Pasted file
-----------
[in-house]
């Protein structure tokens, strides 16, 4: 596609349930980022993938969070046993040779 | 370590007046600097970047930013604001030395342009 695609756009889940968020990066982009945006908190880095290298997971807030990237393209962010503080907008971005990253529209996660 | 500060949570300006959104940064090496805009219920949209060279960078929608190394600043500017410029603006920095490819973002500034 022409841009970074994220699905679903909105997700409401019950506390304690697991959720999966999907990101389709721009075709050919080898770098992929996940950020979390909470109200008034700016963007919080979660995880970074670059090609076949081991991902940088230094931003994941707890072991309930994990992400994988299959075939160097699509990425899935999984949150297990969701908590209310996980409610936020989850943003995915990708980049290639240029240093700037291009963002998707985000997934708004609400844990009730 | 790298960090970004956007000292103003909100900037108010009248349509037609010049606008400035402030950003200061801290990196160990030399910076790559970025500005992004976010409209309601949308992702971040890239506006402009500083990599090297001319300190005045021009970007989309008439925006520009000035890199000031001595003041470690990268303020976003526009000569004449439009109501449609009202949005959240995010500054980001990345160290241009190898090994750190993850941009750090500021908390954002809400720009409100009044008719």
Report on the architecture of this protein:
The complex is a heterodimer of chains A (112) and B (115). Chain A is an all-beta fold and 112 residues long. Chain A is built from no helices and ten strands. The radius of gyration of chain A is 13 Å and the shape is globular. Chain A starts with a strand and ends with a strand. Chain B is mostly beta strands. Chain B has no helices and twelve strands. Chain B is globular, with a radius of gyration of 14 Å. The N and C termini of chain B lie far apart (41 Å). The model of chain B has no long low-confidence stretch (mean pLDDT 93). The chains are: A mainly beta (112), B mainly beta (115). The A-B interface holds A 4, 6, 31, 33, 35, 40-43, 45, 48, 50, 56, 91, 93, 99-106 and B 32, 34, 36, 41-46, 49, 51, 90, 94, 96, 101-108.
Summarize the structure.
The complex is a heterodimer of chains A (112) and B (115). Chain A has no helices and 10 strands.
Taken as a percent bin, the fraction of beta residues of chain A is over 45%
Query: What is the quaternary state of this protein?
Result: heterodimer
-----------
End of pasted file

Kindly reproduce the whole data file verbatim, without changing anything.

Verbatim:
[in-house]
């Protein structure tokens, strides 16, 4: 596609349930980022993938969070046993040779 | 370590007046600097970047930013604001030395342009 695609756009889940968020990066982009945006908190880095290298997971807030990237393209962010503080907008971005990253529209996660 | 500060949570300006959104940064090496805009219920949209060279960078929608190394600043500017410029603006920095490819973002500034 022409841009970074994220699905679903909105997700409401019950506390304690697991959720999966999907990101389709721009075709050919080898770098992929996940950020979390909470109200008034700016963007919080979660995880970074670059090609076949081991991902940088230094931003994941707890072991309930994990992400994988299959075939160097699509990425899935999984949150297990969701908590209310996980409610936020989850943003995915990708980049290639240029240093700037291009963002998707985000997934708004609400844990009730 | 790298960090970004956007000292103003909100900037108010009248349509037609010049606008400035402030950003200061801290990196160990030399910076790559970025500005992004976010409209309601949308992702971040890239506006402009500083990599090297001319300190005045021009970007989309008439925006520009000035890199000031001595003041470690990268303020976003526009000569004449439009109501449609009202949005959240995010500054980001990345160290241009190898090994750190993850941009750090500021908390954002809400720009409100009044008719």
Report on the architecture of this protein:
The complex is a heterodimer of chains A (112) and B (115). Chain A is an all-beta fold and 112 residues long. Chain A is built from no helices and ten strands. The radius of gyration of chain A is 13 Å and the shape is globular. Chain A starts with a strand and ends with a strand. Chain B is mostly beta strands. Chain B has no helices and twelve strands. Chain B is globular, with a radius of gyration of 14 Å. The N and C termini of chain B lie far apart (41 Å). The model of chain B has no long low-confidence stretch (mean pLDDT 93). The chains are: A mainly beta (112), B mainly beta (115). The A-B interface holds A 4, 6, 31, 33, 35, 40-43, 45, 48, 50, 56, 91, 93, 99-106 and B 32, 34, 36, 41-46, 49, 51, 90, 94, 96, 101-108.
Summarize the structure.
The complex is a heterodimer of chains A (112) and B (115). Chain A has no helices and 10 strands.
Taken as a percent bin, the fraction of beta residues of chain A is over 45%
Query: What is the quaternary state of this protein?
Result: heterodimer